The Finance Ministry on Monday refused to share copies of three reports on the quantum of black money held by Indians in the country and abroad, citing breach of privilege of the House if the details are disclosed.
These reports were submitted to the government more than four years ago.
The UPA government had commissioned in 2011 the studies by the Delhi-based National Institute of Public Finance and Policy (NIPFP) and the National Council of Applied Economic Research (NCAER), and the National Institute of Financial Management (NIFM) in Faridabad.
Replying to an RTI query, it said the study reports of the NIPFP, NCAER and NIFM were received by the government on December 30, 2013, July 18, 2014, and August 21, 2014, respectively.
"The reports and government's response to it have been forwarded to Lok Sabha secretariat for placing them before the Standing Committee on Finance," the ministry said.
The Lok Sabha secretariat has informed that the same has been placed before the committee which will examine it, it said in a reply to an RTI application filed by this PTI correspondent.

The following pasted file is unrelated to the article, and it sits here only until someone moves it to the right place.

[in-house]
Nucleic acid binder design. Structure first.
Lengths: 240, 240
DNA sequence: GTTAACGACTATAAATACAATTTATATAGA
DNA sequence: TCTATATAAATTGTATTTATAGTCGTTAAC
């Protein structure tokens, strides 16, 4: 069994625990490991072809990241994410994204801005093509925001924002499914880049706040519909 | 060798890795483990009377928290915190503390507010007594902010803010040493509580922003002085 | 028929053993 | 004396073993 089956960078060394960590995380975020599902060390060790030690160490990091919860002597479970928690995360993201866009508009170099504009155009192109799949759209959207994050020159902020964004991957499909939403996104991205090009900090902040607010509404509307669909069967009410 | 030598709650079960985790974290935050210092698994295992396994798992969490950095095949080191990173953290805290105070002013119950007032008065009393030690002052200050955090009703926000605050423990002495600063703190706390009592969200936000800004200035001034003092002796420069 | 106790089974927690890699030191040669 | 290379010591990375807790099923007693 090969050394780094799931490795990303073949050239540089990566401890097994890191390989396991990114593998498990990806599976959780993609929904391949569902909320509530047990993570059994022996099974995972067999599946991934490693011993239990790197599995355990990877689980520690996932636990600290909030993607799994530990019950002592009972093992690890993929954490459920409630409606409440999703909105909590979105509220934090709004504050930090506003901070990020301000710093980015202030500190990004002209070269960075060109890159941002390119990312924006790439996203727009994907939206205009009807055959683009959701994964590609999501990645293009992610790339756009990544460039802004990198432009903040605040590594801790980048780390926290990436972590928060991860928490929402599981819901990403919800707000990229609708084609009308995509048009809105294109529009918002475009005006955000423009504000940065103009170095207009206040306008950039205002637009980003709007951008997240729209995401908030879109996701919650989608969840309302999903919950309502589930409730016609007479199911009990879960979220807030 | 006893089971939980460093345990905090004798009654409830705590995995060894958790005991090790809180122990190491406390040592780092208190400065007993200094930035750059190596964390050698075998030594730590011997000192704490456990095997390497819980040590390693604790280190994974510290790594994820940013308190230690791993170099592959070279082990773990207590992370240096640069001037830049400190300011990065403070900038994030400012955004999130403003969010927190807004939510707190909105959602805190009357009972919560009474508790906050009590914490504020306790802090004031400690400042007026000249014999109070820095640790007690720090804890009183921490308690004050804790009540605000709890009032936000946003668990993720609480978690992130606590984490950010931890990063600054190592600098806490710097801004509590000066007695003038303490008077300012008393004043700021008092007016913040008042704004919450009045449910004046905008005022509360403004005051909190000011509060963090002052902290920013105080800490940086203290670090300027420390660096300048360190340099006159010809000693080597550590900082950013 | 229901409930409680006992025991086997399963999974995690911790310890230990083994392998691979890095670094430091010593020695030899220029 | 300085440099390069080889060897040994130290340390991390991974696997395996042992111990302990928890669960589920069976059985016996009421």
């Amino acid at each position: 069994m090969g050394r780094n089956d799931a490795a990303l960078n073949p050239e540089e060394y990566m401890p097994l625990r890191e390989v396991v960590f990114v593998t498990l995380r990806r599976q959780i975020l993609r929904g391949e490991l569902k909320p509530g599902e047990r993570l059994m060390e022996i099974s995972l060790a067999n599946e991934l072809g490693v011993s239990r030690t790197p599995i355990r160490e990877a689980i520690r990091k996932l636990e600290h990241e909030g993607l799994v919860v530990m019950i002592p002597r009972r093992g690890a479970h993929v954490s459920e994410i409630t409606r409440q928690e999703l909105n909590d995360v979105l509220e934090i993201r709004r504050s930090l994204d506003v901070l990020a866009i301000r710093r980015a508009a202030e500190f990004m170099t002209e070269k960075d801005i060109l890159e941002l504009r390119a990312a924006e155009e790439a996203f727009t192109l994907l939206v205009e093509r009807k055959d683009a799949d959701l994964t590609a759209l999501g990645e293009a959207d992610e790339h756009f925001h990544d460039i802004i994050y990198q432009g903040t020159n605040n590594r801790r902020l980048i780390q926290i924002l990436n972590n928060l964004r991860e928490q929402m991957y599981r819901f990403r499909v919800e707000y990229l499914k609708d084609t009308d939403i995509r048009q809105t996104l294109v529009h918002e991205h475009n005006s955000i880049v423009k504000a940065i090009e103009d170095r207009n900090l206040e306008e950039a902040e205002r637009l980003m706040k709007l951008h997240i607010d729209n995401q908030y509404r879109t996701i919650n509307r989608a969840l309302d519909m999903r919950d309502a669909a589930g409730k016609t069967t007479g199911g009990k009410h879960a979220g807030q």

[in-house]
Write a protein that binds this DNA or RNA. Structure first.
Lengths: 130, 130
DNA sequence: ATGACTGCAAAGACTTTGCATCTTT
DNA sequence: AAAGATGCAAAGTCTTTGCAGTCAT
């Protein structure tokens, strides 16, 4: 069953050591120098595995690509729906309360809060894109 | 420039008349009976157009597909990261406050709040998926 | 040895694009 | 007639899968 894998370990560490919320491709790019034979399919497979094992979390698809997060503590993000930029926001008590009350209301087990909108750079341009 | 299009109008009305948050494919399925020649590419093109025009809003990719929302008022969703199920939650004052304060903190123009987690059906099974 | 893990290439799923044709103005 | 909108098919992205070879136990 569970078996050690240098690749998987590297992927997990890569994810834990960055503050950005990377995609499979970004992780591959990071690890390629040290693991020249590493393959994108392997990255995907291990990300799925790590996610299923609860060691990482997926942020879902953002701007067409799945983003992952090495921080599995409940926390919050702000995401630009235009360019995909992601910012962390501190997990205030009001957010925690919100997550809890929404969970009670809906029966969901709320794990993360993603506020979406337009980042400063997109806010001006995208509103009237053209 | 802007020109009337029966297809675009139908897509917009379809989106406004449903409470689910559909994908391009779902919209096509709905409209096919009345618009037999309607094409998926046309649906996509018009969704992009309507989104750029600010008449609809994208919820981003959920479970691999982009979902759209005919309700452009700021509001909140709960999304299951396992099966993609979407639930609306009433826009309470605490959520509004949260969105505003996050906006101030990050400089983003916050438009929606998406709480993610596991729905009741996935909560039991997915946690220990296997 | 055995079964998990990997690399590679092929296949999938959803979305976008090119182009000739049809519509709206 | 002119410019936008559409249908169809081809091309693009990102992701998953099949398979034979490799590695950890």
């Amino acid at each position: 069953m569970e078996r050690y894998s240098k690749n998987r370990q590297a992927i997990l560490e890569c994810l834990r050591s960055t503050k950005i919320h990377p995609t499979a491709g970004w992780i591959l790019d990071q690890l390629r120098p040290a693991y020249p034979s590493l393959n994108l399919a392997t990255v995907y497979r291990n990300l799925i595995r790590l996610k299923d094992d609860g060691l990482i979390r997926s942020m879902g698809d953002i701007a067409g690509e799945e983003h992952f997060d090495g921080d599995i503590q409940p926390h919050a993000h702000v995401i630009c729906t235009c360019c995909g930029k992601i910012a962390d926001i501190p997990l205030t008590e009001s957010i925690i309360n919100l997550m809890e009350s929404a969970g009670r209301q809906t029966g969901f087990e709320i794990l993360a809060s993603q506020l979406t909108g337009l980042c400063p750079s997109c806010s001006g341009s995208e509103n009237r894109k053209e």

It denied to share the copies of these reports, saying the disclosure would cause breach of privilege of Parliament and, therefore, the information sought is exempt from disclosure under Section 8 (1) (c) of the Right to Information (RTI) Act.
The section bars information, "the disclosure of which would cause a breach of privilege of Parliament". The reports were submitted to the panel on July 21, 2017.
There is, at present, no official assessment on the quantum of black money in India and abroad.
According to a study by US-based think-tank Global Financial Integrity (GFI), an estimated USD 770 billion in black money entered India during 2005-2014.
Nearly USD 165 billion in illicit money exited the country during the same period, the latest report by the global financial watchdog said.
"The issue of black money has attracted a lot of public and media attention in the recent past. So far, there are no reliable estimates of black money generated and held within and outside the country," the Finance Ministry had said while ordering the studies in 2011.
These estimates were based on various unverifiable assumptions and approximations, it had said.
The Terms of Reference (ToR) for the studies included the assessment or survey of unaccounted income and wealth, and profiling the nature of activities engendering money laundering both within and outside the country.
The studies were to identify, among other issues, important sectors of the economy in which unaccounted money was generated and examine the causes and conditions that resulted in the generation.